Technology

Nasa shows off prototype spacesuit for journey to Mars

Z-2 space suit
Will this be the suit worn by the first humans on Mars?

US space agency Nasa has been showing off the wardrobe essentials for future astronauts looking for a new outfit for their first flight to Mars.

Nasa said the Z-2 spacesuit was only a prototype, but elements of it would be incorporated into the suit worn by the first humans to reach the Red Planet.

The suit uses light-emitting patches and luminescent wire that could be customised to identify individuals.

The "technology" design beat two others with 63% of a public vote of 233,431.

The suit will be tested in Nasa's pools used to teach astronauts to spacewalk

The others were:

  • a "bio-mimicry" suit, which mirrored the bioluminescence of aquatic creatures and the tough scaly skins of fish and reptiles
  • a "trends in society" suit, which reflected what everyday clothes may look like in the future

Aesthetic appeal

The Z-2 will be built using 3D-printed parts, and 3D laser scans will ensure each suit fits each astronaut perfectly.

It will be tested in vacuum chambers, at Nasa's training pool and at a site that imitates the rocky Martian surface.

The first futuristic design would not have looked out of place on Toy Story space ranger Buzz Lightyear

In 2012 Nasa released the Z-1, which bore more than a passing similarity to the suit worn by fictional "space ranger" Buzz Lightyear in the Toy Stories films.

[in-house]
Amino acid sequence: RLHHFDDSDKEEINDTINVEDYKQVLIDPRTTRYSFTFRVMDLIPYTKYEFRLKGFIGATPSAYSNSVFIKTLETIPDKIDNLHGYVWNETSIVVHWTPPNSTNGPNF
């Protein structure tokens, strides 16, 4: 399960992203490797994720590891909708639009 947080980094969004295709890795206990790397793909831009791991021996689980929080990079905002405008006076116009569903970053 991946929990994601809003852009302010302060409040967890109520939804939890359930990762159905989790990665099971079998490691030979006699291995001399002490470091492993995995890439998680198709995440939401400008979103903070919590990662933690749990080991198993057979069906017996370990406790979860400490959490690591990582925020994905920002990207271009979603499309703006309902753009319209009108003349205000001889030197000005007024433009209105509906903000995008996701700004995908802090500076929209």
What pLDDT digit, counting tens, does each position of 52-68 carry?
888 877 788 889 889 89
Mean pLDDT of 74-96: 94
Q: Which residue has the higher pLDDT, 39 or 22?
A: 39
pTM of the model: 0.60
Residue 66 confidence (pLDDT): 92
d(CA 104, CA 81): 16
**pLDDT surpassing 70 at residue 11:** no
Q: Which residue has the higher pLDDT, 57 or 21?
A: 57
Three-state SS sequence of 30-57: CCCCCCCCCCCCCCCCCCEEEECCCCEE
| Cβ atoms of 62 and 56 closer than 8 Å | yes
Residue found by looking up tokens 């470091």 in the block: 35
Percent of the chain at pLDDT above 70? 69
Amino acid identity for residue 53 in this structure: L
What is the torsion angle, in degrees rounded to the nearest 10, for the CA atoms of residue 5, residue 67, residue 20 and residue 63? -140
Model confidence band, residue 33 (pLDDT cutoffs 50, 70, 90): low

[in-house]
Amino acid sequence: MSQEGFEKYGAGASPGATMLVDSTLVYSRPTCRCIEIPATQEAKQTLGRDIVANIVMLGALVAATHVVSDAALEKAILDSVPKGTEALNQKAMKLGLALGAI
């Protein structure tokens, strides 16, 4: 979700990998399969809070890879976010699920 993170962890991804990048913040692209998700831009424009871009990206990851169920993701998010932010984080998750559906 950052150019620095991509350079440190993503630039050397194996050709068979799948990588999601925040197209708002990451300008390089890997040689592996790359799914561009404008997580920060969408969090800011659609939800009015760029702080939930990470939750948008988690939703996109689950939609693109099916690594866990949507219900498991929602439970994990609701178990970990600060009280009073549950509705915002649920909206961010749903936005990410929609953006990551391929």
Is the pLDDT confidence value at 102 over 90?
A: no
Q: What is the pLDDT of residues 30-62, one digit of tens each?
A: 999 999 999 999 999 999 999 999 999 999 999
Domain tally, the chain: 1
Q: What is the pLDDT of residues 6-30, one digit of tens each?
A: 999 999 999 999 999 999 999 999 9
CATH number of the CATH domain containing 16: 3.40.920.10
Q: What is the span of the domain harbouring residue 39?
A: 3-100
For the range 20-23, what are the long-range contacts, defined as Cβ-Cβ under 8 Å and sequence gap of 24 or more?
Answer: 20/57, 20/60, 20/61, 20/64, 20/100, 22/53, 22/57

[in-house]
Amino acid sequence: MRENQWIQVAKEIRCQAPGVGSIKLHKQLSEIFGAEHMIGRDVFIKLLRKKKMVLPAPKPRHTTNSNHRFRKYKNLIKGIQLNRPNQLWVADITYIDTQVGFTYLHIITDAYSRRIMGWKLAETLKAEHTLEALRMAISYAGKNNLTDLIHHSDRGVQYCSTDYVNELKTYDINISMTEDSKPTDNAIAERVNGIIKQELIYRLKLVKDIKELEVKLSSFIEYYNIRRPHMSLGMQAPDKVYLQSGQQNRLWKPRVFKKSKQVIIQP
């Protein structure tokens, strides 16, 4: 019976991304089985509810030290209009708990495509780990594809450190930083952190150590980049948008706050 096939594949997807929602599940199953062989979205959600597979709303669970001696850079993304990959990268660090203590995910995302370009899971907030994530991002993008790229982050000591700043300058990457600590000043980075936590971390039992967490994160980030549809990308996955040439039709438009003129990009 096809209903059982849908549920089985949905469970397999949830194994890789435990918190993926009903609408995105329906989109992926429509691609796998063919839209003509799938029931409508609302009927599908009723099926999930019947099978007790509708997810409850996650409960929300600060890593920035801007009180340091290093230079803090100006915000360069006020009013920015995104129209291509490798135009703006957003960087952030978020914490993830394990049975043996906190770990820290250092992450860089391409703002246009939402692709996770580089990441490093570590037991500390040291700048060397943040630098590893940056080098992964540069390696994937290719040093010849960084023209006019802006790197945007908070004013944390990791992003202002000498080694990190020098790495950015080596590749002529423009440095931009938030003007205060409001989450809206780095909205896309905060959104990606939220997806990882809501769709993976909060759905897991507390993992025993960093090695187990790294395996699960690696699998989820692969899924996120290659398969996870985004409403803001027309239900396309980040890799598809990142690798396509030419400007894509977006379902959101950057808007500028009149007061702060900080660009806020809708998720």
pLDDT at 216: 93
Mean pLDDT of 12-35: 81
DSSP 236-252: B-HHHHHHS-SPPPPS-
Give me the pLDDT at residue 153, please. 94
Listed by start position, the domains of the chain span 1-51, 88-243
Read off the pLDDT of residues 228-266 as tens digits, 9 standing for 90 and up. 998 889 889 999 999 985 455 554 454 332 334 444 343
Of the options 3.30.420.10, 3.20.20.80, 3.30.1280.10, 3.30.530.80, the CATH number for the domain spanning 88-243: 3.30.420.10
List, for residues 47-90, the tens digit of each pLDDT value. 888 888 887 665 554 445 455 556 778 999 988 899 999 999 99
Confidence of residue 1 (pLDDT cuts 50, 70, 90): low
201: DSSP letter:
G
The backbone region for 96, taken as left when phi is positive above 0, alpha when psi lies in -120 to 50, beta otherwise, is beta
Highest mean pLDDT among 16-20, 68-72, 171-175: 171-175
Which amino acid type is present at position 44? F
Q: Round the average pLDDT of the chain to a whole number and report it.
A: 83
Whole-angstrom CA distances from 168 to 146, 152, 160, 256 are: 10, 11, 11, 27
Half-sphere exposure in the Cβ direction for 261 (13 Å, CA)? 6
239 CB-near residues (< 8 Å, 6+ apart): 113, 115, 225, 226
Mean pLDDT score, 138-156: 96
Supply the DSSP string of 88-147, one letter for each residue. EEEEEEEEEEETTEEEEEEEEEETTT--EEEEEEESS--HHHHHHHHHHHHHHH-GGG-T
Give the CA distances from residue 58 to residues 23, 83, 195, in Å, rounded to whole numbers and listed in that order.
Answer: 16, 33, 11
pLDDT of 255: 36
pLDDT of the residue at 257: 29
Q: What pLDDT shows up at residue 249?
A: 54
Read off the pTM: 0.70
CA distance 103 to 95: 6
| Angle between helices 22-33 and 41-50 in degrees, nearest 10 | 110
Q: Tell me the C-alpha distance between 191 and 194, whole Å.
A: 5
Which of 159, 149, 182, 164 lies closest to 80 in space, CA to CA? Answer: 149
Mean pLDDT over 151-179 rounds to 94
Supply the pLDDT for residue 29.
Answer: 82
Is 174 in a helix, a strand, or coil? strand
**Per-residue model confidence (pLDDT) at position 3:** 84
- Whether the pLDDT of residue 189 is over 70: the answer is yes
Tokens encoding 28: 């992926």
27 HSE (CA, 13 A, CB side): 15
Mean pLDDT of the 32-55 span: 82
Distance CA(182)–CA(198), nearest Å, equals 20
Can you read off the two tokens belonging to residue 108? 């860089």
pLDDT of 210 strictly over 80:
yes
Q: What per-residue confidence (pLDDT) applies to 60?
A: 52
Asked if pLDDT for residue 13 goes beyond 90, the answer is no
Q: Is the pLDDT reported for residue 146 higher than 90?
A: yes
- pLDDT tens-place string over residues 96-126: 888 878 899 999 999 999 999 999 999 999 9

The first major overhaul of the spacesuit in about 30 years, the Z-1 was named as one of the year's best inventions by Time magazine.

Nasa said: "Each iteration of the Z-series will advance new technologies that one day will be used in a suit worn by the first humans to step foot on the Red Planet."

And the Z-2 "pays homage to the spacesuit achievements of the past while incorporating subtle elements of the future".

Its hard composite upper torso "provides the much-needed long-term durability that a planetary extravehicular activity suit will require", but despite its "aesthetic appeal" the prototype was not made of the same durable material designed to protect space-walking astronauts from micro-meteorite strikes, extreme temperatures and radiation, Nasa added.

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